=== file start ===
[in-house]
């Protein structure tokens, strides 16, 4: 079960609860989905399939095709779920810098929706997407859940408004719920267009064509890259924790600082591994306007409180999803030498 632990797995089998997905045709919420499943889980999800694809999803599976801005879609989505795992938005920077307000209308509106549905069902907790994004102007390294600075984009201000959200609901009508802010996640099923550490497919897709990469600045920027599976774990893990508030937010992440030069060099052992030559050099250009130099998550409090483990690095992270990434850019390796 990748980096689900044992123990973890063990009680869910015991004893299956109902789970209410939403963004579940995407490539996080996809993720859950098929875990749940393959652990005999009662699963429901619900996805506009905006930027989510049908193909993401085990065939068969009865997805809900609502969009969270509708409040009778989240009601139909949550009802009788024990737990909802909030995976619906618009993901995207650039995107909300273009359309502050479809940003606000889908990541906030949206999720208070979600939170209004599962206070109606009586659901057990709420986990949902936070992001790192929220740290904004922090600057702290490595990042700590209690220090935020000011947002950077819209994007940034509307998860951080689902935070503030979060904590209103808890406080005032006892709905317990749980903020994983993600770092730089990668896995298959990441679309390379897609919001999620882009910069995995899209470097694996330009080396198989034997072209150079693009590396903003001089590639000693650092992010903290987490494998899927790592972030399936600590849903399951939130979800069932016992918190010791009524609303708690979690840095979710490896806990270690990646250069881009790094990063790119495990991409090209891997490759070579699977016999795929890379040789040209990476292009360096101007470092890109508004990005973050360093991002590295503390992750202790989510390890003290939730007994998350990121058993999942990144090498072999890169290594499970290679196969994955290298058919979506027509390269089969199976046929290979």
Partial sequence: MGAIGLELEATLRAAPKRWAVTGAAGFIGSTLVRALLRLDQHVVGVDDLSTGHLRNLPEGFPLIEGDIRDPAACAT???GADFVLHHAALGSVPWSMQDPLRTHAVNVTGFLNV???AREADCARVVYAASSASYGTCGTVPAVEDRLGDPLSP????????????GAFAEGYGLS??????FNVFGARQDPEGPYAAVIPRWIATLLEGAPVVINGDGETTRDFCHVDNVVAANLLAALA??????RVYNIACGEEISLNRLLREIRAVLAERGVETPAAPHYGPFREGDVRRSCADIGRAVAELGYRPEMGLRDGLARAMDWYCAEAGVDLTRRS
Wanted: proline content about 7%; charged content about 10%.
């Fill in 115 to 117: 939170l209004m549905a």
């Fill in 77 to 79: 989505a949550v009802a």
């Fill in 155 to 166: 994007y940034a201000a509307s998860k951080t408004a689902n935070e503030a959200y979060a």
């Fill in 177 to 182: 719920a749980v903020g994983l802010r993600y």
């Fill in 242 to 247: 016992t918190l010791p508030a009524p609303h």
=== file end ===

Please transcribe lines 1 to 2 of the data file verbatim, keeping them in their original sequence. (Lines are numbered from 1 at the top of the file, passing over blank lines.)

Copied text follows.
[in-house]
């Protein structure tokens, strides 16, 4: 079960609860989905399939095709779920810098929706997407859940408004719920267009064509890259924790600082591994306007409180999803030498 632990797995089998997905045709919420499943889980999800694809999803599976801005879609989505795992938005920077307000209308509106549905069902907790994004102007390294600075984009201000959200609901009508802010996640099923550490497919897709990469600045920027599976774990893990508030937010992440030069060099052992030559050099250009130099998550409090483990690095992270990434850019390796 990748980096689900044992123990973890063990009680869910015991004893299956109902789970209410939403963004579940995407490539996080996809993720859950098929875990749940393959652990005999009662699963429901619900996805506009905006930027989510049908193909993401085990065939068969009865997805809900609502969009969270509708409040009778989240009601139909949550009802009788024990737990909802909030995976619906618009993901995207650039995107909300273009359309502050479809940003606000889908990541906030949206999720208070979600939170209004599962206070109606009586659901057990709420986990949902936070992001790192929220740290904004922090600057702290490595990042700590209690220090935020000011947002950077819209994007940034509307998860951080689902935070503030979060904590209103808890406080005032006892709905317990749980903020994983993600770092730089990668896995298959990441679309390379897609919001999620882009910069995995899209470097694996330009080396198989034997072209150079693009590396903003001089590639000693650092992010903290987490494998899927790592972030399936600590849903399951939130979800069932016992918190010791009524609303708690979690840095979710490896806990270690990646250069881009790094990063790119495990991409090209891997490759070579699977016999795929890379040789040209990476292009360096101007470092890109508004990005973050360093991002590295503390992750202790989510390890003290939730007994998350990121058993999942990144090498072999890169290594499970290679196969994955290298058919979506027509390269089969199976046929290979």